The U.S. and Swiss governments agree that the Swiss investment bank will submit details of 4,450 American clients suspected of tax evasion
The US and Swiss governments have reached a landmark agreement that will see UBS, the Swiss investment bank, hand over the details of 4,450 accounts of American clients suspected of tax evasion over many years.
The accounts could hold up to $18bn (£11bn) and the agreement is a coup for the US tax authorities who have been battling the secrecy of the Swiss banking system for decades. The case had threatened to strain diplomatic relations between the two countries.
Doug Shulman, the commissioner of the Internal Revenue Service in the US, said: "I believe this agreement gives us what we wanted—access to information about those UBS account holders most likely to have been involved in offshore tax evasion." Some of the accounts, which held $18bn at one time, have already closed.
Mr Shulman: "This is an unprecedented amount of information on taxpayers who've evaded their tax obligations."
Yesterday's agreement does not require UBS to make a payment. On 18 February, UBS admitted to tax fraud in the US and agreed to pay $780m, as part of a provisional settlement. But a day later, the US Justice Department, on behalf of the IRS, said they were still pursuing a civil lawsuit seeking to access details on 52,000 UBS clients. Last week, the US authorities said it would terminate its legal action in the US against the Swiss bank once the final deal was signed.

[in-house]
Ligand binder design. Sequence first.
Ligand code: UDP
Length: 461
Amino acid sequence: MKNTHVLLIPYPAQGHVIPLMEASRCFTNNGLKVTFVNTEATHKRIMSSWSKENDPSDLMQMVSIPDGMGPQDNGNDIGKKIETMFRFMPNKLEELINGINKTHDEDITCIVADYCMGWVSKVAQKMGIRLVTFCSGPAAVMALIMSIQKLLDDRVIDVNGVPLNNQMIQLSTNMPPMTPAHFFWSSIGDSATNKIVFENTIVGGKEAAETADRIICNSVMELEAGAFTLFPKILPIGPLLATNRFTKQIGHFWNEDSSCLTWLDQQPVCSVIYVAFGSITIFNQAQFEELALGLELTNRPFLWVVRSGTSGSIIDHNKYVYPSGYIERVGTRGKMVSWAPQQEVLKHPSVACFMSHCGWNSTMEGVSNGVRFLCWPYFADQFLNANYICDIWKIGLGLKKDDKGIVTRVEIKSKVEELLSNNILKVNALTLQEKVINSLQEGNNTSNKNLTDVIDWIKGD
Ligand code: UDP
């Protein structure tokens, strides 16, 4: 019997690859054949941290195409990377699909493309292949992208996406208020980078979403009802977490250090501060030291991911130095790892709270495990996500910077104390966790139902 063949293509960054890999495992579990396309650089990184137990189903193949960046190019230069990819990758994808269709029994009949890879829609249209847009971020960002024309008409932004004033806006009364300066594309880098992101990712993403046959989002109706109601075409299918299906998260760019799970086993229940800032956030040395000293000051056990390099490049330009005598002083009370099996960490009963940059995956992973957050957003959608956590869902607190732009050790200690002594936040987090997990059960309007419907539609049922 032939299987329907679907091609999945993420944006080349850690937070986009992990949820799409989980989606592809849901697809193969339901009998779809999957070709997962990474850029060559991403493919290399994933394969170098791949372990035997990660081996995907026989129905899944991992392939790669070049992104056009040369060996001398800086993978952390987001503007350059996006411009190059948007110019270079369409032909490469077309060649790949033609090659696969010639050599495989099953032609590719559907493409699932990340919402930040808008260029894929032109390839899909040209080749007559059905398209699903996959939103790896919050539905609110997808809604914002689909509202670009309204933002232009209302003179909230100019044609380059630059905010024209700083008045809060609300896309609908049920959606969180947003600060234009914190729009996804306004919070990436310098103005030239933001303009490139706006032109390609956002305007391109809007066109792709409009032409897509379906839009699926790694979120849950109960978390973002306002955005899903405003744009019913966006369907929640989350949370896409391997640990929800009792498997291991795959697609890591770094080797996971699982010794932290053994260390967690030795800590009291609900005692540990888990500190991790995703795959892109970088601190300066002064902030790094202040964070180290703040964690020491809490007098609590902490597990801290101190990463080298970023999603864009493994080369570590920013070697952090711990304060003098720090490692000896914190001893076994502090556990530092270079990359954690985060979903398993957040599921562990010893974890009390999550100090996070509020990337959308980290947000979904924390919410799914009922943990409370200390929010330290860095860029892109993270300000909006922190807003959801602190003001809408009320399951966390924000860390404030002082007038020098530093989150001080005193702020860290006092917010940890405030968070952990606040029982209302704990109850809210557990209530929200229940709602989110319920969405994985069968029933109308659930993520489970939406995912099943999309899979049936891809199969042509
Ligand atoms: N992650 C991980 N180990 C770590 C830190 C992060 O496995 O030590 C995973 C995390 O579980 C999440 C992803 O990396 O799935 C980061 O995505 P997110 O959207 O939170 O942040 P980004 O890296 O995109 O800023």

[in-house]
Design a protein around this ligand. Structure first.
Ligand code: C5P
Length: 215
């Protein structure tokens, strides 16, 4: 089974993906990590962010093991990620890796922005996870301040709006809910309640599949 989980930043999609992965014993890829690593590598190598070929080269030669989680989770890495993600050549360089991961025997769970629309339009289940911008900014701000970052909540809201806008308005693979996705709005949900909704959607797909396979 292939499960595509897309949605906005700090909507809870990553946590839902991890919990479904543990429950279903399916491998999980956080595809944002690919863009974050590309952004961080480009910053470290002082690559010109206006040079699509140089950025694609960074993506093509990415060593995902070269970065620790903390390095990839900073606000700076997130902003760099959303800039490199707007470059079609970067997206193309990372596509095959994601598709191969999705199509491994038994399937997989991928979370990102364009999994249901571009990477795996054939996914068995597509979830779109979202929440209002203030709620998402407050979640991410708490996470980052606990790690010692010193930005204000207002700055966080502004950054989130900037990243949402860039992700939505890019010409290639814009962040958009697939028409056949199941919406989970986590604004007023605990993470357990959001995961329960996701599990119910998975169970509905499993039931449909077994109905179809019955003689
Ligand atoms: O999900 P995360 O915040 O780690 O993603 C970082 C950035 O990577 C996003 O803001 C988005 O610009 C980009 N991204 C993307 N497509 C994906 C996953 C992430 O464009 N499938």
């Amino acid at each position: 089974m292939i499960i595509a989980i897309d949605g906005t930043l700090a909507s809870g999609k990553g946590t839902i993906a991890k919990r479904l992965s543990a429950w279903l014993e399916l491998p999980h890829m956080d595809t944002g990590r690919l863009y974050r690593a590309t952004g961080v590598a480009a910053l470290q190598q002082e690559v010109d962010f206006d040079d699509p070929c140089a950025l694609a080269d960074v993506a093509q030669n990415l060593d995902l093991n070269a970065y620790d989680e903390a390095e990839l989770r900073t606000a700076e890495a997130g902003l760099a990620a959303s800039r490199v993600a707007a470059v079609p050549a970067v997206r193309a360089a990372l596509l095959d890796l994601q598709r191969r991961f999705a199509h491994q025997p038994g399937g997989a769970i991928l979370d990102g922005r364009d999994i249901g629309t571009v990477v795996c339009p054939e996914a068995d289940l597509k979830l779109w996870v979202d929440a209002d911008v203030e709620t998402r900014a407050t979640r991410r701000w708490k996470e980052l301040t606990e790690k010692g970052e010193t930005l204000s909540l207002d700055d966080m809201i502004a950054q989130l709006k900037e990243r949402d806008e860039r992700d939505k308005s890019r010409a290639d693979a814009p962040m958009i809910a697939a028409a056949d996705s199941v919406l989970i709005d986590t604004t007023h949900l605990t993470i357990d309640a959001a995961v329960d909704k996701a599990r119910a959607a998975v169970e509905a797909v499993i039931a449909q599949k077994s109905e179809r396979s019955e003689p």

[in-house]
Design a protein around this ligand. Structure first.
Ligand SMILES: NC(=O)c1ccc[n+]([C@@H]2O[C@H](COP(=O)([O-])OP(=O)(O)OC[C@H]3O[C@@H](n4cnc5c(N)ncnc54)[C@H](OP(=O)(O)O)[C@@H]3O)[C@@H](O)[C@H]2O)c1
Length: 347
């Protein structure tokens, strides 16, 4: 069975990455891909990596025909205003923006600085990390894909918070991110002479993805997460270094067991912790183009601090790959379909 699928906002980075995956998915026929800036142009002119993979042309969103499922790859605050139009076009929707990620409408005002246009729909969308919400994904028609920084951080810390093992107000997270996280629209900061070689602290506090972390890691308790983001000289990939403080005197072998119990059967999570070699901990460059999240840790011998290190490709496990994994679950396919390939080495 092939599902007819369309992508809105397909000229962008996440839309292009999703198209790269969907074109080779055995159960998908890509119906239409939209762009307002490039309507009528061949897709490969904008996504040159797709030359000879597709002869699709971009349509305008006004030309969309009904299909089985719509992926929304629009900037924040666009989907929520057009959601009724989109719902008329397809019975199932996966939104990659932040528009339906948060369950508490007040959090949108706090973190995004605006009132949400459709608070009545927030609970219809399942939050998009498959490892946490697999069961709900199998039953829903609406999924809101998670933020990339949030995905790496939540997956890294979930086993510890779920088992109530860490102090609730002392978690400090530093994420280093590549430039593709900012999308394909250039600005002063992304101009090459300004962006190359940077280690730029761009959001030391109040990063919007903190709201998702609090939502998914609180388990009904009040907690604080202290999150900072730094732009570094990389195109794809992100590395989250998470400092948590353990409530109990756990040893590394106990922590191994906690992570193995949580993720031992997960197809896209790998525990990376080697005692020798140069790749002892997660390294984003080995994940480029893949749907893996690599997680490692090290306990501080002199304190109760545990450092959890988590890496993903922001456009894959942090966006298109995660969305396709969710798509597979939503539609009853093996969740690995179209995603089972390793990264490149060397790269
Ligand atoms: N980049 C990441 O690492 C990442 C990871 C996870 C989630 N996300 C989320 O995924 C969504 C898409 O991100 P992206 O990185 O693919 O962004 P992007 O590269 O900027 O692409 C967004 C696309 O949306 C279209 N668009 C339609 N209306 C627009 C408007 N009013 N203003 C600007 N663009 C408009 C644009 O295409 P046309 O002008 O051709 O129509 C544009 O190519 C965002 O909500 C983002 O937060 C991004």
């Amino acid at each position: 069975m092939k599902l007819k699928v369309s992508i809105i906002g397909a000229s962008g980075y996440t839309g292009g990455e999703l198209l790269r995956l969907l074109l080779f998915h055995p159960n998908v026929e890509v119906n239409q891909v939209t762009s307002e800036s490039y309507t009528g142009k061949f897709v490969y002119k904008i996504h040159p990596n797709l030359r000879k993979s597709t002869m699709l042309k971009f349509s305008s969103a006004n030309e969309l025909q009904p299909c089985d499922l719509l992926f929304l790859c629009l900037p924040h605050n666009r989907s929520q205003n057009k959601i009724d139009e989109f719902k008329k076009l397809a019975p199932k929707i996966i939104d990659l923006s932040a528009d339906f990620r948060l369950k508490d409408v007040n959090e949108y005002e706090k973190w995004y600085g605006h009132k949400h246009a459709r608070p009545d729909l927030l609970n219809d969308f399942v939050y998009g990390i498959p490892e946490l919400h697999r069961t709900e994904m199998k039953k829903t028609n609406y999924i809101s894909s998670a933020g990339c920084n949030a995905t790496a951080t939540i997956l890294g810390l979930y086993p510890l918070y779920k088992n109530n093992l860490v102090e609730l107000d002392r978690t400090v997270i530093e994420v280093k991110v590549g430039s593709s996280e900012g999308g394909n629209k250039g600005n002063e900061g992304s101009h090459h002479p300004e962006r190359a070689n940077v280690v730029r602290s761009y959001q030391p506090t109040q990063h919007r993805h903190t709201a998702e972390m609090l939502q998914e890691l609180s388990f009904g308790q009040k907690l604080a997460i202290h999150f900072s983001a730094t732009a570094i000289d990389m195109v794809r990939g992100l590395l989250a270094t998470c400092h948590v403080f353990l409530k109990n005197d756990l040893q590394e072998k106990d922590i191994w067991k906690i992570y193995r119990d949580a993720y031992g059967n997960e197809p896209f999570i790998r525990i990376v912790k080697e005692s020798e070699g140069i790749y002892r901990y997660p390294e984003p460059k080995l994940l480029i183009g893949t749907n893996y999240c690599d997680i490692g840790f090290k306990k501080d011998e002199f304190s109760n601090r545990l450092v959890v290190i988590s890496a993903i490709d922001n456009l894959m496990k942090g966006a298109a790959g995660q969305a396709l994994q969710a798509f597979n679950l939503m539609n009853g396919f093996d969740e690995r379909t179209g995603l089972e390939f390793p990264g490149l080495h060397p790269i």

UBS will write to the affected US holders of the 4,450 accounts encouraging them to take advantage of the amnesty until 23 September to voluntarily disclose information.
Jim Mastracchio, a partner with the US law firm Caplin & Drysdale, said: "The IRS has left the door open for UBS account holders—or anyone with an undeclared foreign account regardless of location—to come forward. Once the IRS has your name and begins an investigation, a voluntary disclosure will no longer be available and the taxpayer will face stiff civil penalties and possible criminal prosecution." He added: "This is an unprecedented settlement."
The UBS chairman, Kaspar Villiger, said: "This agreement helps resolve one of UBS's most pressing issues. I am confident that the agreement will allow the bank to continue moving forward to rebuild its reputation through solid performance and client service. UBS welcomes the fact that the information-exchange objectives of the settlement can be achieved in a lawful manner under the existing treaty framework between Switzerland and the United States." Four US customers of UBS have reportedly already been successfully prosecuted.
The Swiss government said the agreement only applies to UBS and the secrecy of its banking system is maintained. The Swiss justice minister, Eveline Widmer-Schlumpf, said "there was no alternative to this solution". Under US law, American citizens have to provide the IRS with data on offshore accounts holding more than $10,000.